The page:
Opinion: Simplifying IoT means taking a DNA approach

Opinion: Simplifying IoT means taking a DNA approach
Mark Harms is senior consultant at Award Solutions.

Sponsored Is the Internet of Things (IoT) complicated or relatively simple? Well, perhaps both.  

In describing IoT, I like to paint a picture using an acronym coined by Numerex many years ago – DNA. An IoT solution has three main components – Devices, Networks, and Applications.   


Each IoT device will have:

  • Sensor(s) – to monitor temperature, humidity, flow, pressure, etc
  • Compute – to collect information, send information to a central application, and perhaps take immediate action
  • Network components – to connect to wireless networks (LTE), Wi-Fi, and/or wireline networks

IoT devices of all sorts are available on the market. The Arduino Portenta H7, recently made available for beta test, is a modular platform designed to help kickstart new IoT development efforts.  


Many IoT solutions span multiple networks. They may connect via LTE, Wi-Fi, or other networks. Two new LTE categories of devices that have serious momentum today are LTE-M and NB-IoT.  Check out this Mobile IoT Deployment Map from GSMA that showcases national and regional deployments of LTE-M and NB-IoT networks.  


The application is the brains. The application collects data, is programmed to take action on that data, and provides a user-interface, plus much more. Amazon is just one of the new players in the application space, looking to become a catalyst for IoT industrial, consumer, and commercial solutions.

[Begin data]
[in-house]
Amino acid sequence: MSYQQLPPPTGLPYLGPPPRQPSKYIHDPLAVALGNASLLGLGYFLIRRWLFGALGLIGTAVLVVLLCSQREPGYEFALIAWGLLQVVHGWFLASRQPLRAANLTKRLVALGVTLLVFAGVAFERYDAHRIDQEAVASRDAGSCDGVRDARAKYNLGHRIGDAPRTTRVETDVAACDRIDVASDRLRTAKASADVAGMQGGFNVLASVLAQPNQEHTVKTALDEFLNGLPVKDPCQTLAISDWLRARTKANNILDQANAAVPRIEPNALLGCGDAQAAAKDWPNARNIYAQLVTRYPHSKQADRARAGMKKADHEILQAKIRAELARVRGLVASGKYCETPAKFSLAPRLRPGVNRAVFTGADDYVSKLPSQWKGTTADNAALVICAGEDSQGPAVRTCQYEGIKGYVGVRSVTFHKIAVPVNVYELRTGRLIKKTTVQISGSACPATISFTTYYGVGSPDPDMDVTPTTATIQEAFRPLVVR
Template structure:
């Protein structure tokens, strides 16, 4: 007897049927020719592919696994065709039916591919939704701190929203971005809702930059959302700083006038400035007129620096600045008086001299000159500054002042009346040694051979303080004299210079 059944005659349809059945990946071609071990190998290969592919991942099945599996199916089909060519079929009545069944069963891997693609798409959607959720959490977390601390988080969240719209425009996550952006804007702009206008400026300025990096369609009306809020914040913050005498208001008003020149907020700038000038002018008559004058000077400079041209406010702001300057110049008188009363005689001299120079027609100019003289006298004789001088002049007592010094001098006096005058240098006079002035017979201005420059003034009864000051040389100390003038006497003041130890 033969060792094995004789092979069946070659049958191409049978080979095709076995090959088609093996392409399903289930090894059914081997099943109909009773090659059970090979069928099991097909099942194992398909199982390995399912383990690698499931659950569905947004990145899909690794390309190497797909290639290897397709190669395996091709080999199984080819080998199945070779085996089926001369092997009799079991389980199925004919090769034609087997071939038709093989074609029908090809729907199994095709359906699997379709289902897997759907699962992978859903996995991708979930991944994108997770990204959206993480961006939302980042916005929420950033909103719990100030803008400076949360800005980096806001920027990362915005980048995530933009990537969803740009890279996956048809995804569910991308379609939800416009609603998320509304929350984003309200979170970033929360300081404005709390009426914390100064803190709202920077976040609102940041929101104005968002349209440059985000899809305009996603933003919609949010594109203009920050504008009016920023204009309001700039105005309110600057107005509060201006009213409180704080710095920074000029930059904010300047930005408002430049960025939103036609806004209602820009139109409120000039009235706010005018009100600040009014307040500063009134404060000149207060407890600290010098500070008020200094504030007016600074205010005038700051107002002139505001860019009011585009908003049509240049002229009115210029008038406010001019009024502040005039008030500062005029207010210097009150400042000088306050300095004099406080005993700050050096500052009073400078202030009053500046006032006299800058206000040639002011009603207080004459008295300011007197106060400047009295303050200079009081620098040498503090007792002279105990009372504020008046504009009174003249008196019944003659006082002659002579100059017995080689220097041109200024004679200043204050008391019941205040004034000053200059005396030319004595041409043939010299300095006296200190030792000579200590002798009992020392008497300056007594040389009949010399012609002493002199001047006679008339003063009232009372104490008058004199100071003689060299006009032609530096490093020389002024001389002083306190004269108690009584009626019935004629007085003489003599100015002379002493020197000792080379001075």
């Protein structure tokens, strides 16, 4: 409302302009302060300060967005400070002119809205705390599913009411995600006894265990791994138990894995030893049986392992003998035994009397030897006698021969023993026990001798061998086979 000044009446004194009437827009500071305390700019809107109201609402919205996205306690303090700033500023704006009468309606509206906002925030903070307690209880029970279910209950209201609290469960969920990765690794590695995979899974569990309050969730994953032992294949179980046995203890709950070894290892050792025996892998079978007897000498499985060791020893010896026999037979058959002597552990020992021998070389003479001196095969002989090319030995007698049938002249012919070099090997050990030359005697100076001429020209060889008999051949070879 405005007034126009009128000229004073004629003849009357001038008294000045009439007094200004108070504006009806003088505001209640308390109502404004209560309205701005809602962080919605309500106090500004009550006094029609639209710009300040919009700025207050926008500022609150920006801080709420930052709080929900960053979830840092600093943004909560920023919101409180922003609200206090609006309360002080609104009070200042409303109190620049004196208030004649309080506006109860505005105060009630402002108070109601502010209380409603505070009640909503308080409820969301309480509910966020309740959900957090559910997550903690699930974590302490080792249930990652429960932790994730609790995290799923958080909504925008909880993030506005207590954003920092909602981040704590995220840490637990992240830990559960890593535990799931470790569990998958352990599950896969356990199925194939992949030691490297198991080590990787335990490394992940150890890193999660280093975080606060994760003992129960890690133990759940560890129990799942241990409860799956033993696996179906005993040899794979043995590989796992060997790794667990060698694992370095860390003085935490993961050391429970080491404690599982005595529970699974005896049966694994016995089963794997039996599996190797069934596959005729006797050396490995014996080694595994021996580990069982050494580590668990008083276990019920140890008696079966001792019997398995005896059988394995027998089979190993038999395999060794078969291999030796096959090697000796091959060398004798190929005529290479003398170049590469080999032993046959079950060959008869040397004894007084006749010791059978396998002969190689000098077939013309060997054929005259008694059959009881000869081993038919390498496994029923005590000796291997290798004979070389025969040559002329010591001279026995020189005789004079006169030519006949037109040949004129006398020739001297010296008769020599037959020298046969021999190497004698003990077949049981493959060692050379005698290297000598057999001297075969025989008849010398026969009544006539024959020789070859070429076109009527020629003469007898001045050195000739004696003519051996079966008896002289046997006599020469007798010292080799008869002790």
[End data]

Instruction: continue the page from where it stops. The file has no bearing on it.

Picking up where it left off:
Herein lies the simplified view of IoT:  Devices are connected through networks to applications that collect data and control devices. The complexity is that there are hundreds of devices, dozens of networks, and dozens or hundreds of applications from which to choose. These complex decisions can slow down the deployment of IoT solutions. 

You can learn more about the inner workings of technologies like NB-IoT Performance Analysis on Award Solutions’ YouTube Channel.  You can also get a guided tour of the IoT space by attending the IoT Tour at MWC. You will hear from companies making waves in IoT: those focused on the device side, the network side, and the application side. More importantly, you will see real solutions that are available today.  

Don’t allow the complexity of IoT to slow you down and overshadow its simplicity. Choose some solid partners, begin deploying solutions, and learn and grow them as you move forward.

Editor's note: This article is in association with MWC Barcelona 2020. Learn more about Mark Harms and join the IoT Tour at MWC to learn more about this topic.

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